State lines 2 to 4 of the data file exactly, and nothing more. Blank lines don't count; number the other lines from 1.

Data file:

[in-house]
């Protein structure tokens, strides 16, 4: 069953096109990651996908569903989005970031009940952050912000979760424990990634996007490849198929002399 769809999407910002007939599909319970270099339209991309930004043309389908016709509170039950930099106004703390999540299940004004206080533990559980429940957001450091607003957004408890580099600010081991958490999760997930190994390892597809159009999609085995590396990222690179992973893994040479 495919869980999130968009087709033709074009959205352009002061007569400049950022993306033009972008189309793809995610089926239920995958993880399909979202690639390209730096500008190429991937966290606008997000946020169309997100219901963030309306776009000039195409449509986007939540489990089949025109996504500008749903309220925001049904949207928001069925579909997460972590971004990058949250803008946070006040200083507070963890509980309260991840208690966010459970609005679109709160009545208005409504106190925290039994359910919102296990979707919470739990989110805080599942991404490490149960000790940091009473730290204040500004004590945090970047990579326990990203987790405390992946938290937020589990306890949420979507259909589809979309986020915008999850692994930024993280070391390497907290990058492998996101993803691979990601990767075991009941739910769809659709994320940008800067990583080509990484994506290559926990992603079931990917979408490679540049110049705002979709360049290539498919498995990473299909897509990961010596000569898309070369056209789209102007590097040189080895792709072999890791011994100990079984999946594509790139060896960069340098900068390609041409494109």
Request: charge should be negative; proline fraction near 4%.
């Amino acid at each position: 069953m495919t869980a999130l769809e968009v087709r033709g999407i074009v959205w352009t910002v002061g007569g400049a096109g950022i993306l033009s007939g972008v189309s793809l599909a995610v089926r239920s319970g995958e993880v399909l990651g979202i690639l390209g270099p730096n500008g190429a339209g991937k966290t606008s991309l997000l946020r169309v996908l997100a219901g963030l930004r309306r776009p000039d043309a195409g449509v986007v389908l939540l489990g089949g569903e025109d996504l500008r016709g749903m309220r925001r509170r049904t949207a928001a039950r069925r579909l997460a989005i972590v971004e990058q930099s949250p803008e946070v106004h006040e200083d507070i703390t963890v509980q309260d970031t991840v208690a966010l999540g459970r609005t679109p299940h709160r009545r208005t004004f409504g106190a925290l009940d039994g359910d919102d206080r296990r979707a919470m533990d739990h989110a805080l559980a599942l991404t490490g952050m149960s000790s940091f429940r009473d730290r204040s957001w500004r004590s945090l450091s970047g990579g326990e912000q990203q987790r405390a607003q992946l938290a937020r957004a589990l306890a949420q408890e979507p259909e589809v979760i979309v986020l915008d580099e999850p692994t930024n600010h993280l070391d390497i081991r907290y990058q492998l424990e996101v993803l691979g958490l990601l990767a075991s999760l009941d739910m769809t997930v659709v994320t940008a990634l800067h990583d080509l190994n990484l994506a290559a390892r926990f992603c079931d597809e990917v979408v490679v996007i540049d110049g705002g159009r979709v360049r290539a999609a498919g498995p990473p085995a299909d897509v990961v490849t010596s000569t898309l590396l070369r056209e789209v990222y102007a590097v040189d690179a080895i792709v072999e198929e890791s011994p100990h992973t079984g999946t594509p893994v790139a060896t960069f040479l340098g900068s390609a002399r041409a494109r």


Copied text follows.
């Protein structure tokens, strides 16, 4: 069953096109990651996908569903989005970031009940952050912000979760424990990634996007490849198929002399 769809999407910002007939599909319970270099339209991309930004043309389908016709509170039950930099106004703390999540299940004004206080533990559980429940957001450091607003957004408890580099600010081991958490999760997930190994390892597809159009999609085995590396990222690179992973893994040479 495919869980999130968009087709033709074009959205352009002061007569400049950022993306033009972008189309793809995610089926239920995958993880399909979202690639390209730096500008190429991937966290606008997000946020169309997100219901963030309306776009000039195409449509986007939540489990089949025109996504500008749903309220925001049904949207928001069925579909997460972590971004990058949250803008946070006040200083507070963890509980309260991840208690966010459970609005679109709160009545208005409504106190925290039994359910919102296990979707919470739990989110805080599942991404490490149960000790940091009473730290204040500004004590945090970047990579326990990203987790405390992946938290937020589990306890949420979507259909589809979309986020915008999850692994930024993280070391390497907290990058492998996101993803691979990601990767075991009941739910769809659709994320940008800067990583080509990484994506290559926990992603079931990917979408490679540049110049705002979709360049290539498919498995990473299909897509990961010596000569898309070369056209789209102007590097040189080895792709072999890791011994100990079984999946594509790139060896960069340098900068390609041409494109």
Request: charge should be negative; proline fraction near 4%.
């Amino acid at each position: 069953m495919t869980a999130l769809e968009v087709r033709g999407i074009v959205w352009t910002v002061g007569g400049a096109g950022i993306l033009s007939g972008v189309s793809l599909a995610v089926r239920s319970g995958e993880v399909l990651g979202i690639l390209g270099p730096n500008g190429a339209g991937k966290t606008s991309l997000l946020r169309v996908l997100a219901g963030l930004r309306r776009p000039d043309a195409g449509v986007v389908l939540l489990g089949g569903e025109d996504l500008r016709g749903m309220r925001r509170r049904t949207a928001a039950r069925r579909l997460a989005i972590v971004e990058q930099s949250p803008e946070v106004h006040e200083d507070i703390t963890v509980q309260d970031t991840v208690a966010l999540g459970r609005t679109p299940h709160r009545r208005t004004f409504g106190a925290l009940d039994g359910d919102d206080r296990r979707a919470m533990d739990h989110a805080l559980a599942l991404t490490g952050m149960s000790s940091f429940r009473d730290r204040s957001w500004r004590s945090l450091s970047g990579g326990e912000q990203q987790r405390a607003q992946l938290a937020r957004a589990l306890a949420q408890e979507p259909e589809v979760i979309v986020l915008d580099e999850p692994t930024n600010h993280l070391d390497i081991r907290y990058q492998l424990e996101v993803l691979g958490l990601l990767a075991s999760l009941d739910m769809t997930v659709v994320t940008a990634l800067h990583d080509l190994n990484l994506a290559a390892r926990f992603c079931d597809e990917v979408v490679v996007i540049d110049g705002g159009r979709v360049r290539a999609a498919g498995p990473p085995a299909d897509v990961v490849t010596s000569t898309l590396l070369r056209e789209v990222y102007a590097v040189d690179a080895i792709v072999e198929e890791s011994p100990h992973t079984g999946t594509p893994v790139a060896t960069f040479l340098g900068s390609a002399r041409a494109r």